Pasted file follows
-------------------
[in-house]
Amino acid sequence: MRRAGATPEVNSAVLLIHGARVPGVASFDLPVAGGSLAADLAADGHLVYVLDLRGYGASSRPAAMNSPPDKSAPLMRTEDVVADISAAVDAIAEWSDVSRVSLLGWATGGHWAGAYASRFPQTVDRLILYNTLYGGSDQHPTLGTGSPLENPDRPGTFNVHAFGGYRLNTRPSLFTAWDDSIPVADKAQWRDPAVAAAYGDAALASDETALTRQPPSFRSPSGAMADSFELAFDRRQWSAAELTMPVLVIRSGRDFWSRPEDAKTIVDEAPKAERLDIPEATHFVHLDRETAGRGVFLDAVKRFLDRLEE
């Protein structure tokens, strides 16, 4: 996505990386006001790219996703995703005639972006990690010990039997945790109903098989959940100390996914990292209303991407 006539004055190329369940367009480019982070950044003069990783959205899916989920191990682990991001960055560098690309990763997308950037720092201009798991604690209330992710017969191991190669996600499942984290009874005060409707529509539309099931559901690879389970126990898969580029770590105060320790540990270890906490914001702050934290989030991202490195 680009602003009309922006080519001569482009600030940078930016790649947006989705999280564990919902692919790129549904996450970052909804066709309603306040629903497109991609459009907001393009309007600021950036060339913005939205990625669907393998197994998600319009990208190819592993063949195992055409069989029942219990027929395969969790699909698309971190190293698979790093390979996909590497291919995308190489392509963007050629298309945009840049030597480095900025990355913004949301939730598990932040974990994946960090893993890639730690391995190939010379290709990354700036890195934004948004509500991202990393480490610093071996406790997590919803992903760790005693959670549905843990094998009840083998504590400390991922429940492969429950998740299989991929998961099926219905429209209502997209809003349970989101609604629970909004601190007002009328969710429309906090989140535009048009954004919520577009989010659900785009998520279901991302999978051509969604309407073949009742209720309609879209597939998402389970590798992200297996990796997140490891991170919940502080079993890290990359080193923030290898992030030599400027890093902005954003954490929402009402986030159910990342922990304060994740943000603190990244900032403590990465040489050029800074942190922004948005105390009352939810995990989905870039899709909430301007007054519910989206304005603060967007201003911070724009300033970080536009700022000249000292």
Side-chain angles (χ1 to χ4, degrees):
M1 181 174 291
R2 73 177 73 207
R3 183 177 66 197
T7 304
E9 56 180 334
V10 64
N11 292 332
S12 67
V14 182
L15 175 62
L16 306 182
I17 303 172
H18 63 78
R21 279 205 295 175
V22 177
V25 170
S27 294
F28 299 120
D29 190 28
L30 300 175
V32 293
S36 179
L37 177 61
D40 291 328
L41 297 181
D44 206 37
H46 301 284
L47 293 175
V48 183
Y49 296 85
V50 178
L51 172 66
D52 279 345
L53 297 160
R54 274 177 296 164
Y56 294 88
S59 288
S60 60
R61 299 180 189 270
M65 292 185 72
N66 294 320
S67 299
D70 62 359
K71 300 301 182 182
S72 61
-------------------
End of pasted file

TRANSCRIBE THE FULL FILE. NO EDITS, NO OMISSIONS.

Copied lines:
[in-house]
Amino acid sequence: MRRAGATPEVNSAVLLIHGARVPGVASFDLPVAGGSLAADLAADGHLVYVLDLRGYGASSRPAAMNSPPDKSAPLMRTEDVVADISAAVDAIAEWSDVSRVSLLGWATGGHWAGAYASRFPQTVDRLILYNTLYGGSDQHPTLGTGSPLENPDRPGTFNVHAFGGYRLNTRPSLFTAWDDSIPVADKAQWRDPAVAAAYGDAALASDETALTRQPPSFRSPSGAMADSFELAFDRRQWSAAELTMPVLVIRSGRDFWSRPEDAKTIVDEAPKAERLDIPEATHFVHLDRETAGRGVFLDAVKRFLDRLEE
């Protein structure tokens, strides 16, 4: 996505990386006001790219996703995703005639972006990690010990039997945790109903098989959940100390996914990292209303991407 006539004055190329369940367009480019982070950044003069990783959205899916989920191990682990991001960055560098690309990763997308950037720092201009798991604690209330992710017969191991190669996600499942984290009874005060409707529509539309099931559901690879389970126990898969580029770590105060320790540990270890906490914001702050934290989030991202490195 680009602003009309922006080519001569482009600030940078930016790649947006989705999280564990919902692919790129549904996450970052909804066709309603306040629903497109991609459009907001393009309007600021950036060339913005939205990625669907393998197994998600319009990208190819592993063949195992055409069989029942219990027929395969969790699909698309971190190293698979790093390979996909590497291919995308190489392509963007050629298309945009840049030597480095900025990355913004949301939730598990932040974990994946960090893993890639730690391995190939010379290709990354700036890195934004948004509500991202990393480490610093071996406790997590919803992903760790005693959670549905843990094998009840083998504590400390991922429940492969429950998740299989991929998961099926219905429209209502997209809003349970989101609604629970909004601190007002009328969710429309906090989140535009048009954004919520577009989010659900785009998520279901991302999978051509969604309407073949009742209720309609879209597939998402389970590798992200297996990796997140490891991170919940502080079993890290990359080193923030290898992030030599400027890093902005954003954490929402009402986030159910990342922990304060994740943000603190990244900032403590990465040489050029800074942190922004948005105390009352939810995990989905870039899709909430301007007054519910989206304005603060967007201003911070724009300033970080536009700022000249000292």
Side-chain angles (χ1 to χ4, degrees):
M1 181 174 291
R2 73 177 73 207
R3 183 177 66 197
T7 304
E9 56 180 334
V10 64
N11 292 332
S12 67
V14 182
L15 175 62
L16 306 182
I17 303 172
H18 63 78
R21 279 205 295 175
V22 177
V25 170
S27 294
F28 299 120
D29 190 28
L30 300 175
V32 293
S36 179
L37 177 61
D40 291 328
L41 297 181
D44 206 37
H46 301 284
L47 293 175
V48 183
Y49 296 85
V50 178
L51 172 66
D52 279 345
L53 297 160
R54 274 177 296 164
Y56 294 88
S59 288
S60 60
R61 299 180 189 270
M65 292 185 72
N66 294 320
S67 299
D70 62 359
K71 300 301 182 182
S72 61